A uniquely American disaster
Make it your ambition to lead a quiet life, to mind your own business , and to work with your hands as we instructed you, so that your daily life may win the respect of outsiders and so that you will not be dependent on anybody.
1 Thessalonians 4.11-12
This has always been something of a favorite verse of mine. There’s something profoundly comforting about it–a challenge to live peaceably and without drama in the midst of a world marked by controversy and hype. There’s a steadiness that marks a life lived in a healthy rhythm of prayer, work, and rest; a steadiness that stands in marked contrast with the fits and starts of our contemporary culture. To be sure, there’s something of the contemplative about me and if I had been born a Catholic, I might wonder whether I had a vocation in the cloister.
I suppose all of the foregoing conspire to make me perpetually disappointed with the state of evangelical Christianity in North America. There is something of a fascination with the new, the loud, and the vainglorious. Nothing illustrates this disaster like the news that two “bad boys of evangelicalism” will be wife swapping on an upcoming episode of the show by that name.
ABC News has the story here. Ted Haggard, former megachurch pastor and fan of gay liaisons with his masseuse, as well as the just plain weird Gary Busey, who apparently is a “minister” with Promise Keepers, will do the honors.
Both men have become something of perennial train wrecks. Each of their lives has been marked by trouble of different kinds. To be sure, I feel for both men. Unfortunately, both of them have something of an insatiable appetite to be the center of attention. They appear to be nothing, to have no meaning, unless the camera and the microphone are pointed in their direction. That’s a profoundly tragic place to be because it has led both men to parade their suffering, their troubles, and their sin before the American viewing public. Ironically, this is profoundly dehumanizing.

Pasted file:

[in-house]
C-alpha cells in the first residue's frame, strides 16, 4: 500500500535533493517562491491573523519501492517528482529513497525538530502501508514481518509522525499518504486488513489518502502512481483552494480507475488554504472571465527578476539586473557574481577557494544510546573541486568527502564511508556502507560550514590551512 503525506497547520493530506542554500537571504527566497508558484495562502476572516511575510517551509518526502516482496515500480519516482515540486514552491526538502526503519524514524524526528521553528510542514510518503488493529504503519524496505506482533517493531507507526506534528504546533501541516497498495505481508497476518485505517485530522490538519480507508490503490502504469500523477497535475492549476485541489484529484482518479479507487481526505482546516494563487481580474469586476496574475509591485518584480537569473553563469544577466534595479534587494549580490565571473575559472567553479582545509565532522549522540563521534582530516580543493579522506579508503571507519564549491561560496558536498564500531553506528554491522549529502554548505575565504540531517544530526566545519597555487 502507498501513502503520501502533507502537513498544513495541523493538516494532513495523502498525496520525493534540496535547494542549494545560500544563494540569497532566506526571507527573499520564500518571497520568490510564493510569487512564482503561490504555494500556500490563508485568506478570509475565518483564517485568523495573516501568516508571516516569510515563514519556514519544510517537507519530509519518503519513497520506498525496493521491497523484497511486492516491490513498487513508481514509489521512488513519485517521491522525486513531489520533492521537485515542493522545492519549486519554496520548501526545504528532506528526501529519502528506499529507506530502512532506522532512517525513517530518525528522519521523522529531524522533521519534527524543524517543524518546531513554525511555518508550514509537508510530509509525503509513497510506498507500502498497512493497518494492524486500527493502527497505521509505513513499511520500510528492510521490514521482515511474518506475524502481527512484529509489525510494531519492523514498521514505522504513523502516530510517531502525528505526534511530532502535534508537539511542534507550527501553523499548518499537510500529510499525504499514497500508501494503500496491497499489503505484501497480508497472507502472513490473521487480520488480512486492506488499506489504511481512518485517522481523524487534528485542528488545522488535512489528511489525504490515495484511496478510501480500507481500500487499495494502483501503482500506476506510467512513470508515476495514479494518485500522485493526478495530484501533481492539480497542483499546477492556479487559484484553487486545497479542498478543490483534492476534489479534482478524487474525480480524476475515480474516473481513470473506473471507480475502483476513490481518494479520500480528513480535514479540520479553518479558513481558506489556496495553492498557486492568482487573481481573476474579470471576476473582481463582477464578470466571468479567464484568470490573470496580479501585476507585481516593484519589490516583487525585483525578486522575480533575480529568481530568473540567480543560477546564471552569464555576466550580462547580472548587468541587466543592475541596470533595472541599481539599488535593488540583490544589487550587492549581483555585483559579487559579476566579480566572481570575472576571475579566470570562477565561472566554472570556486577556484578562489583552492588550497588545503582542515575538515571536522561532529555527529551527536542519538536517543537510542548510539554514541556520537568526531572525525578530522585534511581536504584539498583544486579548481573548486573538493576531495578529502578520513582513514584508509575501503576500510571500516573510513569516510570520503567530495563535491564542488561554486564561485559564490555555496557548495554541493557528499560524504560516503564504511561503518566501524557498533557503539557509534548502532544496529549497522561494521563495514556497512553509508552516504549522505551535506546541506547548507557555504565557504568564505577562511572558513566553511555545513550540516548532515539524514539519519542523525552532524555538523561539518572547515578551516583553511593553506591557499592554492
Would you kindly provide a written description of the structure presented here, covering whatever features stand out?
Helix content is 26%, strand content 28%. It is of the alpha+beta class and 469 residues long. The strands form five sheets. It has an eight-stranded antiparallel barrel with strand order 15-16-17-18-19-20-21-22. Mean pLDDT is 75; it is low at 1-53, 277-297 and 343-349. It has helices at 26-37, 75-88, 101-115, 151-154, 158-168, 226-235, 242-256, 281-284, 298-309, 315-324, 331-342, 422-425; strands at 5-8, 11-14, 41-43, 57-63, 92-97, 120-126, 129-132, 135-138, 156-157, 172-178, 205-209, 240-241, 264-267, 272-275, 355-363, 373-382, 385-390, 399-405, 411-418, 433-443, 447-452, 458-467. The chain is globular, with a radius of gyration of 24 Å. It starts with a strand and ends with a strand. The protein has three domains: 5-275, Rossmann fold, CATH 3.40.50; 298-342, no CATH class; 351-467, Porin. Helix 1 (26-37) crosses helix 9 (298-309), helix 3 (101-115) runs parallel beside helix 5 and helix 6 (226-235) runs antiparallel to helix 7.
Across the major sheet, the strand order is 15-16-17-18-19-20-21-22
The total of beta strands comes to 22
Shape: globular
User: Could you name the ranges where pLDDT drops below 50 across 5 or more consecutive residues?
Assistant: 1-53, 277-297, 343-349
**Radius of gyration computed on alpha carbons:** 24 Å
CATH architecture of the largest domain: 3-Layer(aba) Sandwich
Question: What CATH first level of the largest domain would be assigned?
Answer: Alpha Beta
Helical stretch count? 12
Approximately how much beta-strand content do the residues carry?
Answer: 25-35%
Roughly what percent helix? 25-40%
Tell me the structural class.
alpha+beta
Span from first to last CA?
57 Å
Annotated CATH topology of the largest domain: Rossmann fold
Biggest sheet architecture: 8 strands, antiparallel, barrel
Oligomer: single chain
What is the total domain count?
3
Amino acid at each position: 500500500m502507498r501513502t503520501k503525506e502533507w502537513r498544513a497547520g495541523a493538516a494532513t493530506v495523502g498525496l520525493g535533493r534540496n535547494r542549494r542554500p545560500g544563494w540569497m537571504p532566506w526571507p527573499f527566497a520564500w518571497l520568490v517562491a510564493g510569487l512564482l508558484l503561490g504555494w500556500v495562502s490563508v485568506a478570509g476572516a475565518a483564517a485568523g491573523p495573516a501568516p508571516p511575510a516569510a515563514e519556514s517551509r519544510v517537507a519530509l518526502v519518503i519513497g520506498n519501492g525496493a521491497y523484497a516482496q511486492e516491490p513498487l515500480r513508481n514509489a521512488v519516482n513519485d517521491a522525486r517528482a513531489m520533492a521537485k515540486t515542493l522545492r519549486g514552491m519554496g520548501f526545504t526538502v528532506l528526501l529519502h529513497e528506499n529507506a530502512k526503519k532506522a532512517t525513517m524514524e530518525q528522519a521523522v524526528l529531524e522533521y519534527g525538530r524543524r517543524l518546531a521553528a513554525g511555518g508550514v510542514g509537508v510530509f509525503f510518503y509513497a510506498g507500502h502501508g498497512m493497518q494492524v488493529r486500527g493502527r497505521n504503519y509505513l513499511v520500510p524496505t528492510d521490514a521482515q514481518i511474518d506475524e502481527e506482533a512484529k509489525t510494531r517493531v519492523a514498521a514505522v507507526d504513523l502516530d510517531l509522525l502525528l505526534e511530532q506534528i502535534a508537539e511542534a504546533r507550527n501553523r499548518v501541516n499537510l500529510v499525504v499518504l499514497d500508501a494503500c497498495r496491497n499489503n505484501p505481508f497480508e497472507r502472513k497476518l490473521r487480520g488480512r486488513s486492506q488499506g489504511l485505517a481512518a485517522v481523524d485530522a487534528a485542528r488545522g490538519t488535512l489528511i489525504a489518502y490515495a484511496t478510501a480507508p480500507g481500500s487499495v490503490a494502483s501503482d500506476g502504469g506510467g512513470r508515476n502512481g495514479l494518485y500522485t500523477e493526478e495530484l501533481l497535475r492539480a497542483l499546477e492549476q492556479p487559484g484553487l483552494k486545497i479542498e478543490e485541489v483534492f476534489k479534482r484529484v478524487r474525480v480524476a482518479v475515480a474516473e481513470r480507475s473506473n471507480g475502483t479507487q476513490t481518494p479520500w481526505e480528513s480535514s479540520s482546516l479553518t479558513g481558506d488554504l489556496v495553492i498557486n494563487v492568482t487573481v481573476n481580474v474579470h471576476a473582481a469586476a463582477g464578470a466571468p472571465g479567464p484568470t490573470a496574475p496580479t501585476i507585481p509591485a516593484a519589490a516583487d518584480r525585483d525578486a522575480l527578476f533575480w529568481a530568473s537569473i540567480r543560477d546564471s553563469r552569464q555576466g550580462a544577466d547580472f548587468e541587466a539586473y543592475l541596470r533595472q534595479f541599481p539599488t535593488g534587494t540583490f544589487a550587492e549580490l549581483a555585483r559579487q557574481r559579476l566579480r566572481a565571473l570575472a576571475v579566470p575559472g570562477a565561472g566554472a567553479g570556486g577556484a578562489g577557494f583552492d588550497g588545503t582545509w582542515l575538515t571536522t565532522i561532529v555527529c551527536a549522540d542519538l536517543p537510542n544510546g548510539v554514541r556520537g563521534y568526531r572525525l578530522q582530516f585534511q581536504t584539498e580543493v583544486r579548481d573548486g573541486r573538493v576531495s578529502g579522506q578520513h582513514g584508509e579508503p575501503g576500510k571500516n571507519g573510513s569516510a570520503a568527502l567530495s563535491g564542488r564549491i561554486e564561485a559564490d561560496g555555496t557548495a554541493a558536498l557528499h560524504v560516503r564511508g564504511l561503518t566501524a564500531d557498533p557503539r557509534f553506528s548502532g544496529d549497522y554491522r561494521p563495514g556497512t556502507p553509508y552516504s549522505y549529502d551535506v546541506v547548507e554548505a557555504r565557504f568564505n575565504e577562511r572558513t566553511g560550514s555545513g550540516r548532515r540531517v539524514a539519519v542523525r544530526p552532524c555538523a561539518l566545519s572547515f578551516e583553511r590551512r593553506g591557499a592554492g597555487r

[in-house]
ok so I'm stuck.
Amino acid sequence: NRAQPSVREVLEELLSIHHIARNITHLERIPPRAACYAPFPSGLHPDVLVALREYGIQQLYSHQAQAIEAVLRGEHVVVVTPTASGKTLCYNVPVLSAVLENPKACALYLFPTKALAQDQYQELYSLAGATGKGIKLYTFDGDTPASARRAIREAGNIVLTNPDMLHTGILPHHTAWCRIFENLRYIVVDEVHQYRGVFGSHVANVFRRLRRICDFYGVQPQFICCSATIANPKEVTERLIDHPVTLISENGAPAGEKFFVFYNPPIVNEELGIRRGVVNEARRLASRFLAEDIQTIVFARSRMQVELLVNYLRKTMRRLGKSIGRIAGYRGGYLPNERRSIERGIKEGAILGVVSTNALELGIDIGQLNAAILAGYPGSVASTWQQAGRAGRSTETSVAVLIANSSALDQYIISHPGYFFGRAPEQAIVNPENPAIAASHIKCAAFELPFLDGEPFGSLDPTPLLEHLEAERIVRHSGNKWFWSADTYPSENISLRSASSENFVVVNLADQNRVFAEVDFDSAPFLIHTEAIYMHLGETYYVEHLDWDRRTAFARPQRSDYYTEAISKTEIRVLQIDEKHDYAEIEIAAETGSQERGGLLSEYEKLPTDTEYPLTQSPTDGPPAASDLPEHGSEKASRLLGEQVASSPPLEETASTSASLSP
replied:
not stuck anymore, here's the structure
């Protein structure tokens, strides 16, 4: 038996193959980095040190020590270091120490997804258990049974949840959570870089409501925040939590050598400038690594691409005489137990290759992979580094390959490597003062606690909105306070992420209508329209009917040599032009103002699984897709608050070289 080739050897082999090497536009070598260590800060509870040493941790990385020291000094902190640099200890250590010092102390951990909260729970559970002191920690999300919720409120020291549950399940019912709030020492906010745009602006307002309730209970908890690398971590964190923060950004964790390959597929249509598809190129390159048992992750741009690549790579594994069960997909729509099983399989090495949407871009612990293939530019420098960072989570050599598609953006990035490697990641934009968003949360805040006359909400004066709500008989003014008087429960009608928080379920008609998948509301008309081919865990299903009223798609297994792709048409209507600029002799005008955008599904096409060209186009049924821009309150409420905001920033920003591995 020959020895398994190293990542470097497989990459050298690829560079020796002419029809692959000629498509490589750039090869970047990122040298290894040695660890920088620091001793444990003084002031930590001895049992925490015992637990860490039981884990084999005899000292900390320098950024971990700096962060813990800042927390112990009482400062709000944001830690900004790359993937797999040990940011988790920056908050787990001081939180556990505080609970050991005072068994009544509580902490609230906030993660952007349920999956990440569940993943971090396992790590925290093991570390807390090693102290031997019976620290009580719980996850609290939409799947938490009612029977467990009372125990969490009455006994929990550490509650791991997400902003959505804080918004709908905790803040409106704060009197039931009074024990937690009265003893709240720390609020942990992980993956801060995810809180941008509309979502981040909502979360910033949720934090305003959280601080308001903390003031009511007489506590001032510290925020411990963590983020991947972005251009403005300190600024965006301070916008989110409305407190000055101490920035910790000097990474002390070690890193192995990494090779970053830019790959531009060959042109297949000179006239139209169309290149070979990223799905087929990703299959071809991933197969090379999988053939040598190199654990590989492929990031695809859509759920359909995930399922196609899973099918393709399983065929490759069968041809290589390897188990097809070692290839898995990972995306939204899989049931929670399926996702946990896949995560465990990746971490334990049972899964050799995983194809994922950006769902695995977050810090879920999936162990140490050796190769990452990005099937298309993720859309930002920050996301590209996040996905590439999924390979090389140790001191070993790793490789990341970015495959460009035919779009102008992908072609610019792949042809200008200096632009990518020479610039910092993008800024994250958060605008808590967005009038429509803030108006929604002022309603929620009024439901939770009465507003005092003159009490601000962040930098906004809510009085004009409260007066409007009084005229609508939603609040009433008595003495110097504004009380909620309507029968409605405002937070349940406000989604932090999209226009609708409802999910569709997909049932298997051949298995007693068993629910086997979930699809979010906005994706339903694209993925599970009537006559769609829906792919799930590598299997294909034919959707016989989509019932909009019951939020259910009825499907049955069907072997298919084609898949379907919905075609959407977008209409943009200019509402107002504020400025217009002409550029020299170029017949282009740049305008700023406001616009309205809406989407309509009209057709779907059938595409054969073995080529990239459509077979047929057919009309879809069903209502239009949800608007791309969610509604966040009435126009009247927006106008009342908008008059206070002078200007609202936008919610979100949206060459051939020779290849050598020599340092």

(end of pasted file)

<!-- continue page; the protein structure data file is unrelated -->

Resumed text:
Both men are something of a parable about evangelicalism in the United States. We have become a shadow of our former selves. We have baptized American consumer culture and claimed that it is the way of Christ. There is rot at our center. This rot will produce what the late Michael Spencer called, “The Coming Evangelical Collapse.” Spencer predicted that evangelicalism going to decline quickly to a smaller, more chastened, more diverse, less influential form. I find that statement to be hopeful–the church must experience a continuing conversion. It must experience a perpetual, deepening dependence upon God that produces change.
There is a certain mythology among evangelicals–they myth that we are growing in numbers and influence. Conservative pastors often cite this as a vindication of our orthodox and evangelical theology. It is largely untrue. Both evangelical churches and non-evangelical churches are stagnating or declining. Evangelical belief cannot be justified exclusively or even primarily on the growth myth any longer–the numbers don’t bear it out. We’re being forced to admit once more that we don’t have the answers–our methodology, our pragmatism, our programs, our personas, none of these will save us. It is the Gospel of Jesus Christ alone that will save us and preserve us and send us into the world in mission. That’s a good thing to be reminded of.